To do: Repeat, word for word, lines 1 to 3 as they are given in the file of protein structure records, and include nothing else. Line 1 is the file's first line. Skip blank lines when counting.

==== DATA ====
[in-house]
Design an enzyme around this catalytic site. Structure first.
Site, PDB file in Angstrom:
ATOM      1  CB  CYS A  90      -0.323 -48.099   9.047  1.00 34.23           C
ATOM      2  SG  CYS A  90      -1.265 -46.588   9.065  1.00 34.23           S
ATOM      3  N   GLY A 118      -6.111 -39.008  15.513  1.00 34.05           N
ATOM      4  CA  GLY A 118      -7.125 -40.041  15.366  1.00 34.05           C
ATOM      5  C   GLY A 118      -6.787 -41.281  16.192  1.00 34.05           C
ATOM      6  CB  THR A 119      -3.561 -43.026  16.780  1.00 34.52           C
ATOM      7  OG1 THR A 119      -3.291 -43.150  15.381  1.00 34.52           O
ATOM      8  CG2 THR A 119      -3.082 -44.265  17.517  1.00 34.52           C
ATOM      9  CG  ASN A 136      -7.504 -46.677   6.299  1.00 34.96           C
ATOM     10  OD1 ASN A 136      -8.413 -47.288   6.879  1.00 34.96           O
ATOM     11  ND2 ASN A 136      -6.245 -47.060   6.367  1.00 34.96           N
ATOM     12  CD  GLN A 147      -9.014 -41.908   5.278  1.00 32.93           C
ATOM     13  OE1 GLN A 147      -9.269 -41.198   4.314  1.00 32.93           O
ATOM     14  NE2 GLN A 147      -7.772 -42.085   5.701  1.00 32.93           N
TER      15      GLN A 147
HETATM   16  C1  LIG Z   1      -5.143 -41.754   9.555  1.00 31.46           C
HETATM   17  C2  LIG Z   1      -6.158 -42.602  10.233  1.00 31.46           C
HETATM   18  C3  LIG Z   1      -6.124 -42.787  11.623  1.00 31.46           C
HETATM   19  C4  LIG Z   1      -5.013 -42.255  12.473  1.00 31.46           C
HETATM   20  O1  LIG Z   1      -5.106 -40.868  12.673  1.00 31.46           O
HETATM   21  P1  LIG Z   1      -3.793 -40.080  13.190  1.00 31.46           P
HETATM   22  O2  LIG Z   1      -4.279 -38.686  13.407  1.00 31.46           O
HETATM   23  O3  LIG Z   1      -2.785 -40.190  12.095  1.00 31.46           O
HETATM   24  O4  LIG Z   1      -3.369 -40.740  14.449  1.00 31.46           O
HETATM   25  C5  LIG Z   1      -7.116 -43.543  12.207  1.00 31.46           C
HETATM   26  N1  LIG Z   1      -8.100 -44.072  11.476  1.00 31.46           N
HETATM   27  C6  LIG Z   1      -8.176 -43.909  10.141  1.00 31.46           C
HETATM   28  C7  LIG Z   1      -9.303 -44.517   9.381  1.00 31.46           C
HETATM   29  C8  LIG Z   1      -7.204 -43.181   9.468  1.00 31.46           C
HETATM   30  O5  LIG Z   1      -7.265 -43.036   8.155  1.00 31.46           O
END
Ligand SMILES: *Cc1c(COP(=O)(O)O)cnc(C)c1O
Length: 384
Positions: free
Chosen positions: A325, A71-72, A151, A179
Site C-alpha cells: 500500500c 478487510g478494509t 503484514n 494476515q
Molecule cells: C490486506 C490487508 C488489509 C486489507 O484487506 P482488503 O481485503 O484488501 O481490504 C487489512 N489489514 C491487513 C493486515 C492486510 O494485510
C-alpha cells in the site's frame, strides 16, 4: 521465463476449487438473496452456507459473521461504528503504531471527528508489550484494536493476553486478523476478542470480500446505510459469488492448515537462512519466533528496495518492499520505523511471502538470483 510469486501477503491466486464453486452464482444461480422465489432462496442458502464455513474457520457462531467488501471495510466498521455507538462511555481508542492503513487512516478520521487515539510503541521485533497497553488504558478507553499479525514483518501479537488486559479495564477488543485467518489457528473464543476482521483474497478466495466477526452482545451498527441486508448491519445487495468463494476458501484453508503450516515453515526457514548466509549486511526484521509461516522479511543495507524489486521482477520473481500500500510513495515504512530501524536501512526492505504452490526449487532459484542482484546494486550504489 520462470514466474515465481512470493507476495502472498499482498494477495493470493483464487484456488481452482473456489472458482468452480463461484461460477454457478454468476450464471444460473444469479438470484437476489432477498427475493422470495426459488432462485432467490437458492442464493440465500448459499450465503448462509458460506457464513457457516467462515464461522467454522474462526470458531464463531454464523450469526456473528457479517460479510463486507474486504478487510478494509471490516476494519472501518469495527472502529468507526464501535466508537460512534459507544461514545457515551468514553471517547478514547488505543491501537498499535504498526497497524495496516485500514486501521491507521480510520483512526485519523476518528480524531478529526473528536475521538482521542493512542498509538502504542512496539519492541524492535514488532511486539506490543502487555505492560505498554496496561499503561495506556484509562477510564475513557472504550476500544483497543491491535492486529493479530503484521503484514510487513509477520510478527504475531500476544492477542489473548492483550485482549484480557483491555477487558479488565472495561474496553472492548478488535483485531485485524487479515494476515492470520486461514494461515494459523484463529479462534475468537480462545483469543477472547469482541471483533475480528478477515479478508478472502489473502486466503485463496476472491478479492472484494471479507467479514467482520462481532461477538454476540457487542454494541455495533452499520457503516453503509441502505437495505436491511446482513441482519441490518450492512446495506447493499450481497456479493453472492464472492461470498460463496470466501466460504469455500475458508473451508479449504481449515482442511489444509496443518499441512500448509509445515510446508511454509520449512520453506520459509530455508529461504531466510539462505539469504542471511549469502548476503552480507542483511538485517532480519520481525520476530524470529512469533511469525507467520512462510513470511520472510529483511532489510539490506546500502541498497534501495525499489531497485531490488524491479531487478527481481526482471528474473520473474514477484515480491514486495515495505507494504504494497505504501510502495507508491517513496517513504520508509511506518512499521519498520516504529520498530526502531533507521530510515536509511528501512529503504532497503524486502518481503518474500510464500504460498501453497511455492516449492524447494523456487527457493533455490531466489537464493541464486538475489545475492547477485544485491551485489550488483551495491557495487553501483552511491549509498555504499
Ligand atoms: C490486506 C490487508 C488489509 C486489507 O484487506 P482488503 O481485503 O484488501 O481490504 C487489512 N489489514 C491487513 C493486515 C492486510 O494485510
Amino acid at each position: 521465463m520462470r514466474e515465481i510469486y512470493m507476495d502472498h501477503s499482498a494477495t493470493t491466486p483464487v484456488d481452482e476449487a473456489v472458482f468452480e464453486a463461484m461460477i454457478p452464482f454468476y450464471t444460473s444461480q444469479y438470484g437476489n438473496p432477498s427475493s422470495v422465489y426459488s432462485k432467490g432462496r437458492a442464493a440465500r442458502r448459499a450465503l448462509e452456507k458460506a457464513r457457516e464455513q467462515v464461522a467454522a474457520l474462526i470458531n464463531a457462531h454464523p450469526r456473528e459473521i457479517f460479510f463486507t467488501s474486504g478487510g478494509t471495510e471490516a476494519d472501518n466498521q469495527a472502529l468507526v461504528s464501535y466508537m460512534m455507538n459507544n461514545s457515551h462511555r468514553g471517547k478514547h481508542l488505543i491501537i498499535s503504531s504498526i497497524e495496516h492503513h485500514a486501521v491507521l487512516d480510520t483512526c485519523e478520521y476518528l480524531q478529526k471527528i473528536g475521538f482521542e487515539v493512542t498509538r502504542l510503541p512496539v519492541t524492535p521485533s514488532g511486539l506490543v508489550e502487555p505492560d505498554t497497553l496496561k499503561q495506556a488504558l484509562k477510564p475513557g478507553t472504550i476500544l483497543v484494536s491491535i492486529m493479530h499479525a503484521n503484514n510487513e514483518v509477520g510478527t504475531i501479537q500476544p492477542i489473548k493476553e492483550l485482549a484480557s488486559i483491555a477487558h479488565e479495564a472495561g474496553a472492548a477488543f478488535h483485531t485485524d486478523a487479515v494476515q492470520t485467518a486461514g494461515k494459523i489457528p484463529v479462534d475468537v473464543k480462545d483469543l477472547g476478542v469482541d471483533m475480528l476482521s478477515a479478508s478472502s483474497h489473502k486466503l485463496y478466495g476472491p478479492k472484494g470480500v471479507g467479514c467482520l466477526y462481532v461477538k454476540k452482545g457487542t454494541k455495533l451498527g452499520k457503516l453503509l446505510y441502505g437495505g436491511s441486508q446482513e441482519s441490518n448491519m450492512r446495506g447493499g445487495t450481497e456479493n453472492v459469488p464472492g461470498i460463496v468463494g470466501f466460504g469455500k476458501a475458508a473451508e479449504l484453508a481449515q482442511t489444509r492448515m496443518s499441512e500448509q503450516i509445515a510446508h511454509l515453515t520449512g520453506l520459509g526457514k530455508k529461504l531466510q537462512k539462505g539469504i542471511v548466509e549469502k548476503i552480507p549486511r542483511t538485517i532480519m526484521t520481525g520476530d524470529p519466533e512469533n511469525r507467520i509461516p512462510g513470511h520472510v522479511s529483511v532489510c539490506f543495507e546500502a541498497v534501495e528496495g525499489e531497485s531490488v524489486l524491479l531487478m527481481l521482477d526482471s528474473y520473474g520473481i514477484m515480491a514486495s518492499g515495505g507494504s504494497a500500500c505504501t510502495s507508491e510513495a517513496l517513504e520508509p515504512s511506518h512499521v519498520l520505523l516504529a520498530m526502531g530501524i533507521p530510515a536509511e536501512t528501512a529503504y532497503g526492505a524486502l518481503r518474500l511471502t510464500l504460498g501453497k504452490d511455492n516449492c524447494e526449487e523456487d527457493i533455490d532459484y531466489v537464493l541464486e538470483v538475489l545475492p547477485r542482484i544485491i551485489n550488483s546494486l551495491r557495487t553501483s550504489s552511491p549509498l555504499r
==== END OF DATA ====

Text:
[in-house]
Design an enzyme around this catalytic site. Structure first.
Site, PDB file in Angstrom: